– Every December since her daughter died in a car crash near here, Julie Sainio Contreras places a wreath at the flat, country intersection of Isanti County Road 8 and state Hwy. 47.

This year, eight years after the collision that killed 21-year-old Elizabeth Sainio, her mother was heartened to see what she feels is a drastic improvement: an electronic sign with yellow blinking lights that reads, “Traffic Approaching When Flashing.” The signs were turned on early this month.

“I’m glad about the lights to save somebody else’s life,” she said. “That’s important to me.”

Similar warning lights have been dotting rural Minnesota’s countryside in the past year. The state is installing them at nearly 50 rural intersections deemed most at risk for crashes because of sight lines, topography, crash history and other factors.

They are among the latest tools in a large arsenal aimed at combating the state’s traffic deaths, 67 percent of which occur in rural areas holding only 31 percent of the population.

Nationally, Minnesota has emerged as a leader in curbing traffic fatalities, cutting its rate by more than half in an 18-year period starting in 1994. As of 2012, Minnesota ranked second in the nation for the lowest fatality rate, behind only Massachusetts, according to the latest federal data.

But with more than 340 deaths on state roads this year, highway safety advocates say Minnesota can do better.

“It’s a lot of people and all those people touch so many lives,” said state traffic engineer Sue Groth. “That’s only the people who have died, not including people who have been seriously injured whose lives have been changed.”

A group of state traffic, law enforcement, health workers and other officials is working to keep reducing that number with a “Toward Zero Deaths” program.

Safer roads

Rural roads have long presented the biggest problem in the state and nationally. Only 19 percent of the U.S. population lived in rural areas in 2012, but rural areas accounted for 54 percent of traffic fatalities.

Many rural roads are two-lane, two-way roads without medians. Often, they have narrower shoulders than bigger roads. Utility poles and ditches are sometimes closer to the roadside than on major roads, posing more danger to cars that veer off the roadway.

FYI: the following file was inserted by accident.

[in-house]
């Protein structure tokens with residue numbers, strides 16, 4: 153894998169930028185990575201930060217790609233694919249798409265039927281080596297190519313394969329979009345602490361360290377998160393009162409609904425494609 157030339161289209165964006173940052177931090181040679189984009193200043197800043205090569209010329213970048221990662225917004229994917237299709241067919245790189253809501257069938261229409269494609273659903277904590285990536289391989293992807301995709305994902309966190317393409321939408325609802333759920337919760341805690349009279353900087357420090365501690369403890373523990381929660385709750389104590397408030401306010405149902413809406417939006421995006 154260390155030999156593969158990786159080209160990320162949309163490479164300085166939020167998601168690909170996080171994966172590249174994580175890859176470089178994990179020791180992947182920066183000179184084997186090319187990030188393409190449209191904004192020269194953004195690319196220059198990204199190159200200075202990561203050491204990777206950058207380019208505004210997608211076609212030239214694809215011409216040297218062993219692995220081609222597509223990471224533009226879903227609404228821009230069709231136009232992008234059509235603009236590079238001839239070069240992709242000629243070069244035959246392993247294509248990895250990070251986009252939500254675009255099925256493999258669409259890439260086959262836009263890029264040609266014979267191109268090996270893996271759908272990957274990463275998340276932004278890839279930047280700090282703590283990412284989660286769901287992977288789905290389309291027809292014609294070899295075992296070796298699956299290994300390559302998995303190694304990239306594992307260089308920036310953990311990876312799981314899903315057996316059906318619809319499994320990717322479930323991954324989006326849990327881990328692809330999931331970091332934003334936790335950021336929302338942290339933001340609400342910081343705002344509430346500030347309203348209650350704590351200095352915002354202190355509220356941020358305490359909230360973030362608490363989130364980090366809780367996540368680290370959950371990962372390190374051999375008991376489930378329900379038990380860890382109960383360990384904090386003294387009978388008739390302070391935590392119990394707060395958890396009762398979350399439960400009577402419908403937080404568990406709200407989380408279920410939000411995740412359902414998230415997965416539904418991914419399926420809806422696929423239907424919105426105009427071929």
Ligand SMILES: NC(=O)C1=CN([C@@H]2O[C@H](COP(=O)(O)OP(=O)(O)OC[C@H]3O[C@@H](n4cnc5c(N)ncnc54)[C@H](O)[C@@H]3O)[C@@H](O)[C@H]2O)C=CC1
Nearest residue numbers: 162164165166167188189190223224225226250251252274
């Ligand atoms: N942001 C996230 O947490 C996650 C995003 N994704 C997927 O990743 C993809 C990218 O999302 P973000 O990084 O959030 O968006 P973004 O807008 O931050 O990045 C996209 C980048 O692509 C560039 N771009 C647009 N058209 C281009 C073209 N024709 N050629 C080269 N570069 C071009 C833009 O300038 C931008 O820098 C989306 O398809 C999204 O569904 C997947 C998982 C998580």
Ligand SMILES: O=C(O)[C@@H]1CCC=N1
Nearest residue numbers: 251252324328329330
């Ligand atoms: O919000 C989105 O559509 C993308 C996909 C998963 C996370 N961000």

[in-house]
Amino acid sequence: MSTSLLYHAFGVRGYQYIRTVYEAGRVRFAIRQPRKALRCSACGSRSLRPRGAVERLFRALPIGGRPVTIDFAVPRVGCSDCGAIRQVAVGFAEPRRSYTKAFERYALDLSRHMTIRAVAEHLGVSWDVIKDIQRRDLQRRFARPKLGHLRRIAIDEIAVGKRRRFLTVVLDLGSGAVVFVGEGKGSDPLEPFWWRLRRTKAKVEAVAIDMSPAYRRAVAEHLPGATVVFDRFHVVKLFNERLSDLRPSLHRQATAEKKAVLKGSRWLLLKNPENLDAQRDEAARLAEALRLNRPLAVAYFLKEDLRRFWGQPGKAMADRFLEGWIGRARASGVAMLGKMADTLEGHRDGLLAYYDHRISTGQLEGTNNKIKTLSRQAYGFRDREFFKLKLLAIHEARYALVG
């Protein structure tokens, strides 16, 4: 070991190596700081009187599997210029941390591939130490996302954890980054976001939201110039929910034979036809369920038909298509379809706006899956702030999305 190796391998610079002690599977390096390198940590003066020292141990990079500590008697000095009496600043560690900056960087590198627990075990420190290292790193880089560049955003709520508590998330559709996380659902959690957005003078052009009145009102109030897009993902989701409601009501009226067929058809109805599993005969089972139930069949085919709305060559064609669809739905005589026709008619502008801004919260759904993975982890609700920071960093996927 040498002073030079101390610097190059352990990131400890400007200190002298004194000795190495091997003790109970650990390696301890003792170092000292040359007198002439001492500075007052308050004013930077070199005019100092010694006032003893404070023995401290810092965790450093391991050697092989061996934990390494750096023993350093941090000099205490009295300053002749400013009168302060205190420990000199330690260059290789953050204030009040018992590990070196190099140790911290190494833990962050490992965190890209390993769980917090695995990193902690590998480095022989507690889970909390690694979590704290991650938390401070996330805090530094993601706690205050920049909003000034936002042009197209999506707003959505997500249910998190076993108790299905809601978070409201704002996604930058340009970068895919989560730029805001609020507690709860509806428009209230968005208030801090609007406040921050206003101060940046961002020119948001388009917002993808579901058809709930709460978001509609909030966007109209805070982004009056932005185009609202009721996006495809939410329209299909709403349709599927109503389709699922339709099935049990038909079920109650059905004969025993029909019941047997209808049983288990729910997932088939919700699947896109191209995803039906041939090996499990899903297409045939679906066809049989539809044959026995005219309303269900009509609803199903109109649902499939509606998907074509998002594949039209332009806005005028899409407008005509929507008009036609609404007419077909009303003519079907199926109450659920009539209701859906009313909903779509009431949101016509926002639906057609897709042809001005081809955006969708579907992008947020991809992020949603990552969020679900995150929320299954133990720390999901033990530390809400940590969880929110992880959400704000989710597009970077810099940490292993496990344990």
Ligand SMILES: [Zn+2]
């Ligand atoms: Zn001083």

Drivers on country roads can be lulled into a false sense of safety, too, sometimes driving on straight, wide-open stretches, seeing no cars for miles on end. When there is a crash, it typically takes longer for an ambulance to respond.

Vehicles veering off the road or colliding at intersections are the biggest problems, Groth said. Officials are trying many ways to reduce them.

“We haven’t just focused on one area,” Groth said.

The flashing rural signs were added mostly in 2014, but a few more are scheduled to go in next construction season.

“It’s really taking off in Minnesota, and taking off across the country,” said Ken Hansen, a project manager at MnDOT.

Curbing crashes

Traffic fatalities in Minnesota decreased from 1.49 per 100 million vehicle miles traveled in 1994 to .69 in 2012, according to the National Highway Traffic Safety Administration. In 2013, there were 387 fatalities. The goal for 2014 is fewer than 350. Preliminary numbers Monday showed 344 deaths this year.

Safety authorities credit many causes. Publicized seat belt, speeding, drunken-driving and distracted-driving enforcement are now regular campaigns throughout the year, many of them federally funded.

Vehicle safety has improved over the years, and state and county engineers have put in rumble strips to alert drivers who drift outside their lane. They have painted better markings, added light poles at some intersections and added cable barriers between some divided highways.

New teen drivers in Minnesota are now restricted to the number of teenage passengers they can carry and hours they can drive.

Emergency response has also been streamlined to help victims get the right care more quickly.